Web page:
There was only one thing, The Right Thing to Do


“There was only one thing to do – and that was the right thing”.

So said the American television channel in making the decision to cancel the highly successful comedy series, Roseanne after the comedienne made a racist tweet about an advisor of former President Barack Obama.   Despite a hit rating attracting over 27 million viewers – including current President Trump – the channel chose to do what they thought was right – and that was to send a signal that racism of any kind is unacceptable.

Racism; sexism; sexual assault; child abuse; violence; psychological manipulation; cultural offence, workplace harassment, road rage – the impact of violence is experienced in multiple ways.   This week, Tu Pono: Te Mana Kaha o Te Whānau landed in Hokitika, hosted by the incredible wonder of Arahura Marae. As the korero flowed, the shimmering light-show above reminded us in its multi-coloured vibrancy to experience life in its richness.   The architecture and interior design of the whare emphasizes connections through whakapapa; the stories that link whānau to tupuna, the unique cultural theatre into which Tai Poutini Ngai Tahu stand. It was the perfect setting to feel safe to share, to be open to the korero, to think how we can eliminate harm from all our environments.

Tu Pono Champions: Ta Mark Solomon and Dame Tariana Turia with Whānau Ora Navigators Helen Rasmussen and Rauhine Coakley, and Poutini Waiora Chief Executive, Carl Hutchby

Tu Pono Champions: Ta Mark Solomon and Dame Tariana Turia with Whānau Ora Navigators Helen Rasmussen and Rauhine Coakley, and Poutini Waiora Chief Executive, Carl Hutchby


There was one act on this grand stage that left all of us awe-struck.   During the powhiri a mokopuna made his way to the tupuna whakairo that greet us by the doorway into the whare.   It was like he was drawn to their essence – walking with purpose and confidence to mihi to them, to kiss them, as if they were his taua and poua lined up in the line to hongi.  It was a powerful statement of faith and belonging; that mokopuna knew his connections; felt a powerful love for his ancestors; and the assurance that to greet them, was the right thing to do.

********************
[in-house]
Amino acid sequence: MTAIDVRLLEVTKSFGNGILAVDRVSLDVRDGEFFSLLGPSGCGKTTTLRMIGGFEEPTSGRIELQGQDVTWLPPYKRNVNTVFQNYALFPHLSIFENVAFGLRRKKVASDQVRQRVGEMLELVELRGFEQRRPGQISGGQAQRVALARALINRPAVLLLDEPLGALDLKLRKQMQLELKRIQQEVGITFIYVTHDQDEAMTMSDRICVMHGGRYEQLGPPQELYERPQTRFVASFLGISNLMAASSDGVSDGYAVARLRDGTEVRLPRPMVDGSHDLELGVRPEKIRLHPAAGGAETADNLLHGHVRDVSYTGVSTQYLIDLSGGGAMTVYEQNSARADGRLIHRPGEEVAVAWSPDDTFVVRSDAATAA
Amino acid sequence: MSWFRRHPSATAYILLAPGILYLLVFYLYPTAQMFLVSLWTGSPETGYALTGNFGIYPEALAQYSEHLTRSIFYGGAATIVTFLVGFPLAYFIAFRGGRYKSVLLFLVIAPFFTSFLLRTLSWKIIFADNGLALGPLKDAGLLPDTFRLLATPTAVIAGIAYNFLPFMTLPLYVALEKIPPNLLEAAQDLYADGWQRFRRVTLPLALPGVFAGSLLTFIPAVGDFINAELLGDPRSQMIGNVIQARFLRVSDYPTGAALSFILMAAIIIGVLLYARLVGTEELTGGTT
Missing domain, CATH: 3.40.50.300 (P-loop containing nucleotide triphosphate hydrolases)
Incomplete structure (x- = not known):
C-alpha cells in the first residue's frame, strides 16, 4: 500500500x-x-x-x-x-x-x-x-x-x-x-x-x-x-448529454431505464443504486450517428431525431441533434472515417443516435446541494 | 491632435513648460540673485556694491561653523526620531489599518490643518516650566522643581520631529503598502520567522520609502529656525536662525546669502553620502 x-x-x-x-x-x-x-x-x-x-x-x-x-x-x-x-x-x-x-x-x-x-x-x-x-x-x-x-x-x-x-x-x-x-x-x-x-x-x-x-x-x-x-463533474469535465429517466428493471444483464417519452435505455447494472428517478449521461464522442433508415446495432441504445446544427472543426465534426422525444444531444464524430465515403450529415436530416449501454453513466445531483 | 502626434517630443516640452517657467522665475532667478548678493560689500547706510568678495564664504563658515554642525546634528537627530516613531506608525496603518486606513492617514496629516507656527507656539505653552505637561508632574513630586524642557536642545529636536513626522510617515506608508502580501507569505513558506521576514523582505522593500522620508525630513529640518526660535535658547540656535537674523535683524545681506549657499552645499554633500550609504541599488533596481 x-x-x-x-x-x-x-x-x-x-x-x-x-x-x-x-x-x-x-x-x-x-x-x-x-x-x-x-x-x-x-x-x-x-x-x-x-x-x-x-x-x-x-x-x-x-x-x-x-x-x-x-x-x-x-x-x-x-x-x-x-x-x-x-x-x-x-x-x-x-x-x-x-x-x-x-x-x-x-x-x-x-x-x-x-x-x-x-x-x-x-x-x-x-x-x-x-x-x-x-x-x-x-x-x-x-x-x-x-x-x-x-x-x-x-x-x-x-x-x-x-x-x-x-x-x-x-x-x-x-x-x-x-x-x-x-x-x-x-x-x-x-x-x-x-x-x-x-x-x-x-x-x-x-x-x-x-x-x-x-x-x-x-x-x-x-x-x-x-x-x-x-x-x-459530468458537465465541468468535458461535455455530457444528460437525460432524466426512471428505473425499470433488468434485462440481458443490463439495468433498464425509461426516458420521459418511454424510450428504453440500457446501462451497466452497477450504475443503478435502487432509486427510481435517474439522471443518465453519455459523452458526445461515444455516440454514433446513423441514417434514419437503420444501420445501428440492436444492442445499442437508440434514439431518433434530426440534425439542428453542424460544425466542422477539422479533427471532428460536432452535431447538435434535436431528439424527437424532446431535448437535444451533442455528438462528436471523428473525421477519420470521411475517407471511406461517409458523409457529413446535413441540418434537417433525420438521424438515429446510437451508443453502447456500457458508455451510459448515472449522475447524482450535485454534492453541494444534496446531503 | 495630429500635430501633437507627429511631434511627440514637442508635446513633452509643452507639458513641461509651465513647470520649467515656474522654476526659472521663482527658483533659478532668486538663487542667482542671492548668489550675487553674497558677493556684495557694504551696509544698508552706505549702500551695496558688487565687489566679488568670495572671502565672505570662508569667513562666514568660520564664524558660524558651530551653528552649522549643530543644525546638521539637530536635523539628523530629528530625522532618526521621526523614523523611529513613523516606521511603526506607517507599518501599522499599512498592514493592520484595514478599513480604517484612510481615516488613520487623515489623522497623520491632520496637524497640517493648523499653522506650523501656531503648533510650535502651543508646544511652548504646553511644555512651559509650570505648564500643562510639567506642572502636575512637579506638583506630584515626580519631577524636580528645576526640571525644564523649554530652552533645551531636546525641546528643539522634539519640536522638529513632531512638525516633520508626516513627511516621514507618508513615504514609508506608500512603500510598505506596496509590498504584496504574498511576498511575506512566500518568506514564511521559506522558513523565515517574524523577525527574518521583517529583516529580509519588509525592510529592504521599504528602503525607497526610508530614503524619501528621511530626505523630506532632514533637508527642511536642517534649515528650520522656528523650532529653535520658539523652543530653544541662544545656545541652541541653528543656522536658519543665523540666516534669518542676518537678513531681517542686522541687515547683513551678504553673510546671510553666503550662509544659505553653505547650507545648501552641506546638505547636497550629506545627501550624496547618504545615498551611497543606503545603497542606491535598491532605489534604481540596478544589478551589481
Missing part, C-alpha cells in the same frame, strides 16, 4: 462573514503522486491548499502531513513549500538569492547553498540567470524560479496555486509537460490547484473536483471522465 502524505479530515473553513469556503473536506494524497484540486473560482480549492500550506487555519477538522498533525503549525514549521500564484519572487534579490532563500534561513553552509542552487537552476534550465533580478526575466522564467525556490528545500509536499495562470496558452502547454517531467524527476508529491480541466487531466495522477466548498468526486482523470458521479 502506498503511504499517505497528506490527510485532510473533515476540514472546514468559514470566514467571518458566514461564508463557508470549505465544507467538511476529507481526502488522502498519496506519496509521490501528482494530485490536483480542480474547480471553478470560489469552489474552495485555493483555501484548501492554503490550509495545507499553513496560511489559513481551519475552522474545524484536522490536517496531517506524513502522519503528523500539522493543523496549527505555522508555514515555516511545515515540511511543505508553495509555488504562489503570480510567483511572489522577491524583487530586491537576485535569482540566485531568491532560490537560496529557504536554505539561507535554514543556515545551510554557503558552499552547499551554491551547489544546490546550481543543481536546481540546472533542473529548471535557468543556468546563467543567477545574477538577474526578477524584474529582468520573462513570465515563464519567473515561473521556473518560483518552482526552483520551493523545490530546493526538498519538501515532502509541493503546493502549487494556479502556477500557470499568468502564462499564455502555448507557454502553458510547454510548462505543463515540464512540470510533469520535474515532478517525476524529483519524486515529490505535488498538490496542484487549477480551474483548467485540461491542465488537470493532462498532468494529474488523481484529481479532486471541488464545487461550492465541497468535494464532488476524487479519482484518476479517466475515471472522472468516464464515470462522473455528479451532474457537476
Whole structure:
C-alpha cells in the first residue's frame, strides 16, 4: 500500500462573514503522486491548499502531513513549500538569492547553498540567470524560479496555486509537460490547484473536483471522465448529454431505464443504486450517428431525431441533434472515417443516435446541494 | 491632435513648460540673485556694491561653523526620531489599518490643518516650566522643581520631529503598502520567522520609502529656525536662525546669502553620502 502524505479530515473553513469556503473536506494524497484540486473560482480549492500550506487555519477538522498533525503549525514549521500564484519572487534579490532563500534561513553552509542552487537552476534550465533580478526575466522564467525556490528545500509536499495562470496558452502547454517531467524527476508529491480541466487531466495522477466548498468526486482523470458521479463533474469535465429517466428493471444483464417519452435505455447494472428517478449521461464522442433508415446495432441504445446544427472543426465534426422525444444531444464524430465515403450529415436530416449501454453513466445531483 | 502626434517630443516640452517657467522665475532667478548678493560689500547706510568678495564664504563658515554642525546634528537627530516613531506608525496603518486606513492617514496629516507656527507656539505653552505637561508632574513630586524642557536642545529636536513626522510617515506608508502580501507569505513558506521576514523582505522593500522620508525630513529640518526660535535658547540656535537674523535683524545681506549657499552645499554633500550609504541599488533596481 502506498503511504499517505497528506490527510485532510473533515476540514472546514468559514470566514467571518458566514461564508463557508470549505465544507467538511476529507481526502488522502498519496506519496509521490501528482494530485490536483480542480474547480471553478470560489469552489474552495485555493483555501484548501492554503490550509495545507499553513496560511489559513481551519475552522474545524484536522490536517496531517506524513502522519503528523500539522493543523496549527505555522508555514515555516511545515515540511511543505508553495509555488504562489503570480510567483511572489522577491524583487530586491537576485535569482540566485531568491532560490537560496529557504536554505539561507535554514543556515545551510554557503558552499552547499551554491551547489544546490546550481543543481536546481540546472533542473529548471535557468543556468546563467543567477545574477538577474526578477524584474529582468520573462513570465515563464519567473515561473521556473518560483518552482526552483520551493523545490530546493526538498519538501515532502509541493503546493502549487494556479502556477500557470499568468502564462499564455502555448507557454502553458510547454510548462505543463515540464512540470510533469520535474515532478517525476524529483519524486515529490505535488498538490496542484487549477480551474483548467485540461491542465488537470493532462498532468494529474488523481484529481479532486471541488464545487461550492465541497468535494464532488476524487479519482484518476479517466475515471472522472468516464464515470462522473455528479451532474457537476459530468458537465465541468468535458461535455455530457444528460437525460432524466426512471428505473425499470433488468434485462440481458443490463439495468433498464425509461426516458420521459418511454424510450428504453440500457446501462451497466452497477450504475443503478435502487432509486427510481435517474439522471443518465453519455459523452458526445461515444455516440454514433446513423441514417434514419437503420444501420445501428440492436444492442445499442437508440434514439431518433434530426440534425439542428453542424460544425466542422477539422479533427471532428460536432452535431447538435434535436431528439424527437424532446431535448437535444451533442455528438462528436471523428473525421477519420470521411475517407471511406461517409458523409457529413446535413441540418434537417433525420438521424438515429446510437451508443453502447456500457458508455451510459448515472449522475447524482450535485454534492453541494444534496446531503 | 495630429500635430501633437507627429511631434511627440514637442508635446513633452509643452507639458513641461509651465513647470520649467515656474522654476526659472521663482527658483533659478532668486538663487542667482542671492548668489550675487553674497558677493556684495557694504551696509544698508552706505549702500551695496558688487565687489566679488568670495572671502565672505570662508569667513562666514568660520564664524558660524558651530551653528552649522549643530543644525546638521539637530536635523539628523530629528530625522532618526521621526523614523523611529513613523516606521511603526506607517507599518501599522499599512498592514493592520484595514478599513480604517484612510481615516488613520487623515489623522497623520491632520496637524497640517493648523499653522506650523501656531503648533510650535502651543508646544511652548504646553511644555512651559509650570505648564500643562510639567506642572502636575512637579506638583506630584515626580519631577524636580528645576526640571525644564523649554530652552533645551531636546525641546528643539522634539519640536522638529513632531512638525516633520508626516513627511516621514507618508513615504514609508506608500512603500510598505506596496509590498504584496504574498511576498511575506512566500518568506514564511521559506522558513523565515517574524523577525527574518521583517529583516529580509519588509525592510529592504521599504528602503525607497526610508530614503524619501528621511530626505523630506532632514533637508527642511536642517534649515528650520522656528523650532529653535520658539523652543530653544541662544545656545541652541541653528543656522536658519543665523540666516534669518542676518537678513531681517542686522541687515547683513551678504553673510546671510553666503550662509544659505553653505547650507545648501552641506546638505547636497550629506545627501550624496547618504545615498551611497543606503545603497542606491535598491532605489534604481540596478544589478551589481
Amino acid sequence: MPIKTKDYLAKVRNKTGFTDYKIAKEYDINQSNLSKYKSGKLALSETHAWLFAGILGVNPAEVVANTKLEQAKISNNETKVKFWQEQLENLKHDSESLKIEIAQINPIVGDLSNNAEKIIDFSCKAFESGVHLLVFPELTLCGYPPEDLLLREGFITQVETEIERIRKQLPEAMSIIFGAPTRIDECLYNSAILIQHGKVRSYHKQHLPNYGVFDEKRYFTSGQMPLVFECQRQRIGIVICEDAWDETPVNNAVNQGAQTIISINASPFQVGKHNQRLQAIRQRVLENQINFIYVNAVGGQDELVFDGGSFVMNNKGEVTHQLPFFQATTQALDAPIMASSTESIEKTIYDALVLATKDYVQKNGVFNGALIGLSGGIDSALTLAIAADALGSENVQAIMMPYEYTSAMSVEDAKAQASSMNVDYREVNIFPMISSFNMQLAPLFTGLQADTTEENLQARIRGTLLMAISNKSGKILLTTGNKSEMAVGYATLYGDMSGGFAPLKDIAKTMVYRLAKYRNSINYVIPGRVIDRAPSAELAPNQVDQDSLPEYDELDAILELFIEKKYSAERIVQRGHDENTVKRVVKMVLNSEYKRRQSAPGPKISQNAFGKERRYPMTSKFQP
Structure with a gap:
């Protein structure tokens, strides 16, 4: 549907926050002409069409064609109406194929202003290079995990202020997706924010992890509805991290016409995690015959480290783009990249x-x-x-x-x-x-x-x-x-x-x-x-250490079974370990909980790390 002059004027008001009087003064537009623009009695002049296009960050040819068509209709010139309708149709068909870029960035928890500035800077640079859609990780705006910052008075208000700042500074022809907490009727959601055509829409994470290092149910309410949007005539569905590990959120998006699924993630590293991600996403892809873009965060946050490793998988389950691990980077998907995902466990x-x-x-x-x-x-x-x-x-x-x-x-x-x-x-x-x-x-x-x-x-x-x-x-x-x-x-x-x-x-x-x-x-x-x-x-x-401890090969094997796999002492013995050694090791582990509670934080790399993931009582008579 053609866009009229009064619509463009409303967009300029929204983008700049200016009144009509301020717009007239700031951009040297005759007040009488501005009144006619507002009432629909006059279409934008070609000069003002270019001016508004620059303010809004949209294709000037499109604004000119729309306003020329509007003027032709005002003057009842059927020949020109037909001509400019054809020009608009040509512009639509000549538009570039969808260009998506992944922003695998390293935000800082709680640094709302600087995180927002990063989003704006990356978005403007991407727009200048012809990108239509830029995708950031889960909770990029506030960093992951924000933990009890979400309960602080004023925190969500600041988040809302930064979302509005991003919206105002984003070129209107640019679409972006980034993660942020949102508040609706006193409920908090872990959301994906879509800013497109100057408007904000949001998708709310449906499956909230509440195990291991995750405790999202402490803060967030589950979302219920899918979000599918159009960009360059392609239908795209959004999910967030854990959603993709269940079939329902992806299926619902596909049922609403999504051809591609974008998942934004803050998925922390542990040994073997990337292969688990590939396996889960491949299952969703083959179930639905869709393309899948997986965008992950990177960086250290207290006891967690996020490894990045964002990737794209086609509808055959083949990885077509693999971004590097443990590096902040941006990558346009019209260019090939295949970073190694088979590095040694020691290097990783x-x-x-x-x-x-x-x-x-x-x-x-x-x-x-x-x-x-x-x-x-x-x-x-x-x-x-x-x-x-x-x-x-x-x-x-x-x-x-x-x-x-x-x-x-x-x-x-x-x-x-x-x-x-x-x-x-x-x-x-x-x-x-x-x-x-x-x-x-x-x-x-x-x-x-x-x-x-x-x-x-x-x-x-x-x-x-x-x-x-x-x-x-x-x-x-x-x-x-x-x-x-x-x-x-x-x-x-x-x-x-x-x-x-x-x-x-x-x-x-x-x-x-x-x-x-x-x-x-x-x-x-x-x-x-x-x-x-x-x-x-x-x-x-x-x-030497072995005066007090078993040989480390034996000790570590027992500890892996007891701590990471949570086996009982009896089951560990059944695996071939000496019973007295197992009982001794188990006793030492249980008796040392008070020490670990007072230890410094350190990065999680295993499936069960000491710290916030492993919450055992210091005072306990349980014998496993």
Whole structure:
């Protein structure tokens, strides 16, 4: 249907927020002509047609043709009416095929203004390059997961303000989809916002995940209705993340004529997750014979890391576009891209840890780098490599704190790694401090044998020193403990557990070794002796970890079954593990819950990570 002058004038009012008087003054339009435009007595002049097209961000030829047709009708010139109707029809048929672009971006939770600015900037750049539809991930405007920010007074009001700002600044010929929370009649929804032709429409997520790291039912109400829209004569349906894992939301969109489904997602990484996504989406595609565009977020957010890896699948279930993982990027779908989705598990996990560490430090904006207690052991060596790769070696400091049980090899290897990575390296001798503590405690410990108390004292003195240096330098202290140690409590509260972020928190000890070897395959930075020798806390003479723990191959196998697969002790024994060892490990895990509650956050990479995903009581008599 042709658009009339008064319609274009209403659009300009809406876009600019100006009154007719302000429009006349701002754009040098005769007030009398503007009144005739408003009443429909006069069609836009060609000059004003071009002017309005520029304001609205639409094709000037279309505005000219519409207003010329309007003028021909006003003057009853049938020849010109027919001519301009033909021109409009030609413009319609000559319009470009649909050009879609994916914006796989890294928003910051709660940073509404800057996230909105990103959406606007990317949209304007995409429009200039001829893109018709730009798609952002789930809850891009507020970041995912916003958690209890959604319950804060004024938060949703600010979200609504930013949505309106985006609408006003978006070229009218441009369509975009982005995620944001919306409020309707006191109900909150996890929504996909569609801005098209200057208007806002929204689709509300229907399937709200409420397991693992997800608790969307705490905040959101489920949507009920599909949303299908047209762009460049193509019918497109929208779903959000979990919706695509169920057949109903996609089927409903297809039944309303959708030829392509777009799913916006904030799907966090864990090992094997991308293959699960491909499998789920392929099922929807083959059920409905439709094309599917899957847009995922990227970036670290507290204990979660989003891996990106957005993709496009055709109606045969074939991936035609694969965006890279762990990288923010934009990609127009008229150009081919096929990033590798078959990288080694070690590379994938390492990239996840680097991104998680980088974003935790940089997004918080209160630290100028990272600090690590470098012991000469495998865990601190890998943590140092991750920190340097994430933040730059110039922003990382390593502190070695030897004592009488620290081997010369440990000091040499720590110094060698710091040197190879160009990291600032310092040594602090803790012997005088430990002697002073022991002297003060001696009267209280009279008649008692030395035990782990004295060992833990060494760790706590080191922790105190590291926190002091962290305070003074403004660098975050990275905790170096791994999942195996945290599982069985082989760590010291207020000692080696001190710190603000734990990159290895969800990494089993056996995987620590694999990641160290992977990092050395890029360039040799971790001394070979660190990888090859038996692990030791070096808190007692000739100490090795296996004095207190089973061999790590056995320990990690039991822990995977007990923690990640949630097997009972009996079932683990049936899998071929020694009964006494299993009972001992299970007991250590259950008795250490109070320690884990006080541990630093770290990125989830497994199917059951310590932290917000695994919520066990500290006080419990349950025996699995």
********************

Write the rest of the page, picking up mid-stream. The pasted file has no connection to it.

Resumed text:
0 8 0 0 H E Y B R O ( 4 3 9 2 7 6 )

This number is set up for men who feel they are going to harm a loved one or a whānau member.

h t t p s : / / w w w . h e w a k a t a p u . o r g . n z / s e r v i c e s / 0 8 0 0 - h e y - bro r o


While I was on the West Coast it was a perfect opportunity to catch up with the progress with Hikoi Waewae, which has been the passion and pride of Rauhine Coakley and her whānau.

Hīkoi Waewae is about discovering and connecting to the whenua and traditional pathways of the tupuna Waewae. The intention of the project is to build whānau confidence and cultural identity, so that they have a strong sense of belonging and impact positively on the overall wellbeing of their whānau and hapū.

Hīkoi Waewae offers a range of activities to whānau that focus on elements of te ao Māori combined with access to whenua that hold historical significance for the whānau of Ngāti Waewae whether it be through hīkoi, wānanga or whānau hui. Whānau learn to recite karakia that relates directly to ngā hua o te ngahere.  Participants journal every activity they take part in through traditional mediums such as waiata, whakataukī or recipes which are then shared with their wider whānau at hui.